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One serious problem that "federal grant" universities have is that their faculties, especially in the sciences and social sciences, have far less commitment to the university as an institution than they have to their own research. Many professors do not care especially where they do their work, as long as the institution has good scientific facilities, a good library, and a few reasonably intelligent colleagues. Federal funds for research are acquired, for the most part, by the professor himself, and he can usually get them just as easily at Illinois as at Harvard. So professors have become more itinerant than they used to be, especially the better known ones, whose names attract federal funds which the university as a whole can use.
When students challenge the university, many faculty members are apt to retreat from the challenge and give the students what they want, or they are apt to leave the university. The reason is that they want to get on with their research, and matters of administration and student trouble interfere with their work. A study by the Brookings Institution found that faculty members spend three to four times as much time on administrative work as they would desire ideally.y It is little wonder, then, that faculty members who grow tired of student unrest simply pick up and leave the university where they have been working, trying to find a calmer place. This has happened most dramatically at Berkeley, at Columbia, and recently at Cornell. There are other reasons too, of course, especially in the case of Berkeley. But, generally, faculty members whose work depends on large federal contracts and grants have lost much of their institutional commitment. They lost their commitment to teaching long ago, again as research became the main function of the university.
An interesting document on this subject of faculty commitment is a memorandum from Seymour Martin Lipset to Amitai Etzioni, with copies to other concerned persons with the subject: "Proposed Establishment of a University of the United States to be Located in Washington, D.C." It is dated August 21, 1968. The document is especially significant because Lipset, an expert on student movements, who has received large grants from the Air Force for his studies, is scheduled to testify this week before Edith Green's committee in the House along with President Pusey.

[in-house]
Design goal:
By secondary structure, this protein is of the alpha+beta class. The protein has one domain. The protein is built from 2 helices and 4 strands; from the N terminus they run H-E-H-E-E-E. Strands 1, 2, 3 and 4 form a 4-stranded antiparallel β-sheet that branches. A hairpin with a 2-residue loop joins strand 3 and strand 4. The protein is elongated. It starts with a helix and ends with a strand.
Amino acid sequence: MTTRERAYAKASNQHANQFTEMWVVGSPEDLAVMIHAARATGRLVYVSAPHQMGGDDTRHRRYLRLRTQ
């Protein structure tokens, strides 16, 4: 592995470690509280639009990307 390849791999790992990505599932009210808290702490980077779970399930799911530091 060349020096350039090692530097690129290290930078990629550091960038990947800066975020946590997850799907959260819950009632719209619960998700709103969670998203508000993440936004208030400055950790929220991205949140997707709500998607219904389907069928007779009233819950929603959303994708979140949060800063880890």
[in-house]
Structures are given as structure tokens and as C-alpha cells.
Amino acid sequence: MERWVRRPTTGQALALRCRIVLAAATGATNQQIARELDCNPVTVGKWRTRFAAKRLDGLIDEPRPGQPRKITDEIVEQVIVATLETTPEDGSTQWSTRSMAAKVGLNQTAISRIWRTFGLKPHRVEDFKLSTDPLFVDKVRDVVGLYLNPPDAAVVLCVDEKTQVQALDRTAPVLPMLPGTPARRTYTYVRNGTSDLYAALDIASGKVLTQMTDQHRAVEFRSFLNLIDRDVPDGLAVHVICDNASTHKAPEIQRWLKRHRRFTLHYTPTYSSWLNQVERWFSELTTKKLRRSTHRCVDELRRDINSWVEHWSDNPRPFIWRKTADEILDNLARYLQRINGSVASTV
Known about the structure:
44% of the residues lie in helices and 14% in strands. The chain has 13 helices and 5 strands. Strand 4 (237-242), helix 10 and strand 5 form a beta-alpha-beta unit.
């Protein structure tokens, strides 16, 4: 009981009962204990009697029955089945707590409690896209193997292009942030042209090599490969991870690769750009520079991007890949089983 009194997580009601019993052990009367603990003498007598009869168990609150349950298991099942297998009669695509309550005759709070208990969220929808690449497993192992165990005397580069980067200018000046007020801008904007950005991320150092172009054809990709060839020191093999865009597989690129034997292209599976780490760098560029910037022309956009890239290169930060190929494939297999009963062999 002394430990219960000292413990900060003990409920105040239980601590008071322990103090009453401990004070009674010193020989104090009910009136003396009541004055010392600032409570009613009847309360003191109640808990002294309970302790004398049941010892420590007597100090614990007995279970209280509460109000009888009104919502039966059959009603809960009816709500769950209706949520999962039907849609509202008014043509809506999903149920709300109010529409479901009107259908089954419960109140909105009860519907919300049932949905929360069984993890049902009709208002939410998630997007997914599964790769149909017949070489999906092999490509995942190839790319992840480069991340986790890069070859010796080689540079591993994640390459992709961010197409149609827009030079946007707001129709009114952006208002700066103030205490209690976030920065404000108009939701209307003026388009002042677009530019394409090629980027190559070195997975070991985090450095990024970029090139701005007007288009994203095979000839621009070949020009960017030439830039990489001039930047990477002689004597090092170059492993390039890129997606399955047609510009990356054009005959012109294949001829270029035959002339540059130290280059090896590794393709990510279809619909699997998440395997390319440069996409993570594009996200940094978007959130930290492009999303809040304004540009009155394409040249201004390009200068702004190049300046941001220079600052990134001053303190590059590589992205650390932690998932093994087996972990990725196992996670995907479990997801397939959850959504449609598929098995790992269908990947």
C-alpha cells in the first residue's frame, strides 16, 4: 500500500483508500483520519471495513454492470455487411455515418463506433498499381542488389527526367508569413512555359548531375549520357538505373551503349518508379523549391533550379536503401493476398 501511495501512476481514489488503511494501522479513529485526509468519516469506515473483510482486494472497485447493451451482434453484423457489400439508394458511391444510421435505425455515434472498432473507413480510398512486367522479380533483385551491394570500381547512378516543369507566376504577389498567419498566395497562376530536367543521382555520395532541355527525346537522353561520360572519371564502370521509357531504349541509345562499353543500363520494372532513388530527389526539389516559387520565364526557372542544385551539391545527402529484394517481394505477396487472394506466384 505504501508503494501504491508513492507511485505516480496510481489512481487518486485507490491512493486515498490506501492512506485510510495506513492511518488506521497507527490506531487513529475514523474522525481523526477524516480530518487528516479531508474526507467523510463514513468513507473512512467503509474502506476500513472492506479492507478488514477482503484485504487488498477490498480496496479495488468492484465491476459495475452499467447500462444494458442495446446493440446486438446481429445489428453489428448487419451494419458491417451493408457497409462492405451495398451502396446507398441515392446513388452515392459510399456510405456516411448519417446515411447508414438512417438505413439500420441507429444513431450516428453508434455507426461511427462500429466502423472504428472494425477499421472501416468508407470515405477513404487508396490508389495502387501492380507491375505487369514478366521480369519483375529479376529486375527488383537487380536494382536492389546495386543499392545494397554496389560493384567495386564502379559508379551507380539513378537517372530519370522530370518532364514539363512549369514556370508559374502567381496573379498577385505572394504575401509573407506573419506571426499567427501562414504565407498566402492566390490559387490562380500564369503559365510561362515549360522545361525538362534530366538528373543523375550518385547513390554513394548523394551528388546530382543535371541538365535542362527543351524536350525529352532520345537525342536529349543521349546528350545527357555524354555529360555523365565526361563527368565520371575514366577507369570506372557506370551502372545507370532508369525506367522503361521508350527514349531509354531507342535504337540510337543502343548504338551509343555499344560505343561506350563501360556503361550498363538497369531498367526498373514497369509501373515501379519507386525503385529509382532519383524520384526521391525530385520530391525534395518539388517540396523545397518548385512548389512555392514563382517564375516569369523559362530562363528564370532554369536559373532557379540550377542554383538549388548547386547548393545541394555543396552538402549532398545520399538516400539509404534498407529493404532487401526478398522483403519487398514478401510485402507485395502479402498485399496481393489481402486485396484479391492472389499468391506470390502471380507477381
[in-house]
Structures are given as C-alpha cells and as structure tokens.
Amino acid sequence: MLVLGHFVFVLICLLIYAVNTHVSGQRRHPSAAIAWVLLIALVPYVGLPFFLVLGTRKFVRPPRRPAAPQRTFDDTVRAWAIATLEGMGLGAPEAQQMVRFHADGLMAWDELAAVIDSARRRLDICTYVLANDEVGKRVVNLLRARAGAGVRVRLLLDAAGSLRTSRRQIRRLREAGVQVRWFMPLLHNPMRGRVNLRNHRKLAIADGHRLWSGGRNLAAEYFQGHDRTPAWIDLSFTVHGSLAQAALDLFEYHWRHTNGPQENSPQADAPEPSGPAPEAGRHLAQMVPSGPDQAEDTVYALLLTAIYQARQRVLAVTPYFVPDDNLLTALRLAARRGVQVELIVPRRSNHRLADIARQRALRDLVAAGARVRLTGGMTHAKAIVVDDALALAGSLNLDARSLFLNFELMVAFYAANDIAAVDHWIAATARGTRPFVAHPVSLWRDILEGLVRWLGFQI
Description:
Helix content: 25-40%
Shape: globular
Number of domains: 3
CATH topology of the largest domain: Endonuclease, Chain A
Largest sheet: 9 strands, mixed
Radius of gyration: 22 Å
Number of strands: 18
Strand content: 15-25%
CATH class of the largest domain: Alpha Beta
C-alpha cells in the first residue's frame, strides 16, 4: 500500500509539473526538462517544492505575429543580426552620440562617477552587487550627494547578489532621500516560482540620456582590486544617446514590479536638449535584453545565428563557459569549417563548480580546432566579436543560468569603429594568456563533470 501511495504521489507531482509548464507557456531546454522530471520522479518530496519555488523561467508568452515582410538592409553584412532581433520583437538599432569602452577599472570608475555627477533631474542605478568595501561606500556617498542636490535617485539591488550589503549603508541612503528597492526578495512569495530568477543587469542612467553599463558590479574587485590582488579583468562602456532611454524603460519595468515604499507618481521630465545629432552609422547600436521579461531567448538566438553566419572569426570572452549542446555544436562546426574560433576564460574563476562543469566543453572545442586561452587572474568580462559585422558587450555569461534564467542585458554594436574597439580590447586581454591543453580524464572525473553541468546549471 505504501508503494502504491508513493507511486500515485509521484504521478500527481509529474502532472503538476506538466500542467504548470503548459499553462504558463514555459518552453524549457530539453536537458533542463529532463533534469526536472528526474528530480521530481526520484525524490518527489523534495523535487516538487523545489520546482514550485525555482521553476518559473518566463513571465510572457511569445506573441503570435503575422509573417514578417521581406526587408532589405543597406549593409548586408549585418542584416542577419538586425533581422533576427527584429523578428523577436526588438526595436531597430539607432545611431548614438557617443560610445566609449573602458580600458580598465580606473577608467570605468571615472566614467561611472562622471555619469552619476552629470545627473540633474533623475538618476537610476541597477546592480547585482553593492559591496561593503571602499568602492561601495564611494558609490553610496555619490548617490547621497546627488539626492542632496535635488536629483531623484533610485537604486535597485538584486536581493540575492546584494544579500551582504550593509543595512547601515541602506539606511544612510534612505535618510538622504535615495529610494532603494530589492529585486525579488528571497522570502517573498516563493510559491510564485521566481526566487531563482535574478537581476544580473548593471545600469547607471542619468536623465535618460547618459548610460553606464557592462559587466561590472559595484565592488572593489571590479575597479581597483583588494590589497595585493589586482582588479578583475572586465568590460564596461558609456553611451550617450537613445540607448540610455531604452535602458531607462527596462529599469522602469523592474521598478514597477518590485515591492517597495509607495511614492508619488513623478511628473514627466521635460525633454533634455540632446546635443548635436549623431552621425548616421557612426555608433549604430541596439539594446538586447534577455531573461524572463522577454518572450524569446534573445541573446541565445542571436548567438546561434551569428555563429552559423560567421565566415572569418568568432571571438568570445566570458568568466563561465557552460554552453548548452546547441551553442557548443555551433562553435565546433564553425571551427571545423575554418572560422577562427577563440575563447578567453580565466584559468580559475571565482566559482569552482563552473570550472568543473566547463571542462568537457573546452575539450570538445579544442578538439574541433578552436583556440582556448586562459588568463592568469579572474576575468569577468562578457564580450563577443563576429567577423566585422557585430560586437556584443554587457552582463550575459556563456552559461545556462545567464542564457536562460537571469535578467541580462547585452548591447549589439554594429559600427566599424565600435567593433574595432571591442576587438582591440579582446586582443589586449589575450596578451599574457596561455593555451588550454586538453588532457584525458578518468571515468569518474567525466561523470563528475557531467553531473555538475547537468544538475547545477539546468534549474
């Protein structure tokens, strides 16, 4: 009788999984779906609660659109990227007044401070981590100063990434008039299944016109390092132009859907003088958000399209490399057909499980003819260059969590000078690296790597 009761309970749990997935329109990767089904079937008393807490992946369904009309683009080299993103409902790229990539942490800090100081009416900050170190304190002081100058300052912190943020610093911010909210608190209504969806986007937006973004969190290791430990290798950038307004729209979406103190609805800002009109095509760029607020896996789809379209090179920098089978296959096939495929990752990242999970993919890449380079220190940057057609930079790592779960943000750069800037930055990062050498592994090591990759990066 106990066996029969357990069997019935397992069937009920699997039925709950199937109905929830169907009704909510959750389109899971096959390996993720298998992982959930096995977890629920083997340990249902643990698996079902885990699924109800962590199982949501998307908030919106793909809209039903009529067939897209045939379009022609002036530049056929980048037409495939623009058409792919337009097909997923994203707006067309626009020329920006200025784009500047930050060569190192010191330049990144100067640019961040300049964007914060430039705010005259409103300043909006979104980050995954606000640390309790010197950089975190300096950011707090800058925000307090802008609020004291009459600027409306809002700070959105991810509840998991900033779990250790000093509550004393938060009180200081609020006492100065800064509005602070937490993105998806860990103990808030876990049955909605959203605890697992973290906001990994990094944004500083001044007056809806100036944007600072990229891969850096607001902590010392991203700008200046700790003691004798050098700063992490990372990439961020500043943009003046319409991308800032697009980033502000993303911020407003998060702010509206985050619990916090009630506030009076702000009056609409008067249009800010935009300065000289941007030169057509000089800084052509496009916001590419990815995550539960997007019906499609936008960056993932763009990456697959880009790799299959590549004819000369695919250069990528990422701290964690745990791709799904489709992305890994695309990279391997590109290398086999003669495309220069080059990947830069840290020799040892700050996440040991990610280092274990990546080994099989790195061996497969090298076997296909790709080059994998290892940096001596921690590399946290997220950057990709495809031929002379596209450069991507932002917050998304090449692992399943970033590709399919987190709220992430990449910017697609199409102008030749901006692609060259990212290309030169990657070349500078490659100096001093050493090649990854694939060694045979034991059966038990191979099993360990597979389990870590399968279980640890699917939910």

Lipset proposes the establishment of a school of social science in Washington--not only so the professors can study Washington policy-making first-hand but also so the professors can influence the policy-makers first hand. Lipset believes that academic people and government people should develop close personal relationships. He says that professors do not understand political decisions because they are too far away from them: "Much of the academic community is simply in the dark about the reasons for policy that they disagree with Hence, the American academic community feels much more outside of government then do comparable communities in various other countries. This sense of being outsiders contributes to the well-known propensity for American academics to be alienated form politics." The evidence in the essay above indicates just the opposite. The most severe problems that universities face are a result of the overwhelming influence of the government.
Lipset notes that there are certain characteristics of universities that get in the way of serious social scientists who are trying to make contacts and learn about government policy. One of these characteristics is students. In Lipset's "University of the United States" the student problem will be taken care of once and for all. This particular Ultimate Solution is one that many faculty members at Harvard and other universities would probably greet enthusiastically: "There is clearly no way to reduce the concerns of existing universities about the possible loss of faculty to a major Washington school. Some of the other insecurities, however, might be reduced if the new institution did not have regular students. . . . Limiting the number of students at the new school would also presumably reduce another objection raised against the idea of creating an important Washington university, the possible political role of students as a protest group. Presumably some people may worry about this, and such anxieties can be eliminated if there are few students at the place."
Another advantage of this new university in Washington would be the proximity to federal money itself. Lipset writes, "Presumably distinguished scholars in Washington will find it easier to secure funds, or, conversely, will be offered funds since they will be the people best known to those in control of money in Washington." Lipset admits that the ease that the faculty members will have in getting federal money may cause hard feelings in other universities. He suggests, then, that the new school "have as a rule that no member of the faculty could consult for a government agency or handle government research contracts. . . . The proposed rule would not bar the Washington faculty from applying for grants from government agencies. Of course, it is difficult to know where a contract ends and a grant begins."
What federal funding in universities has done in to make faculty members so uncommitted to their universities, so uncommitted to teaching that Lipset's university sounds like a wonderful ideal to them. Lipset writes, "The institution which has the most prestige in this country is one which has the aura of an institution for advanced studies, that is, an institution which is perceived as academic, but in which almost all its faculty are primarily defined as research professors." Harvard and many other large universities, sadly, are approaching this ideal. J.K.G.
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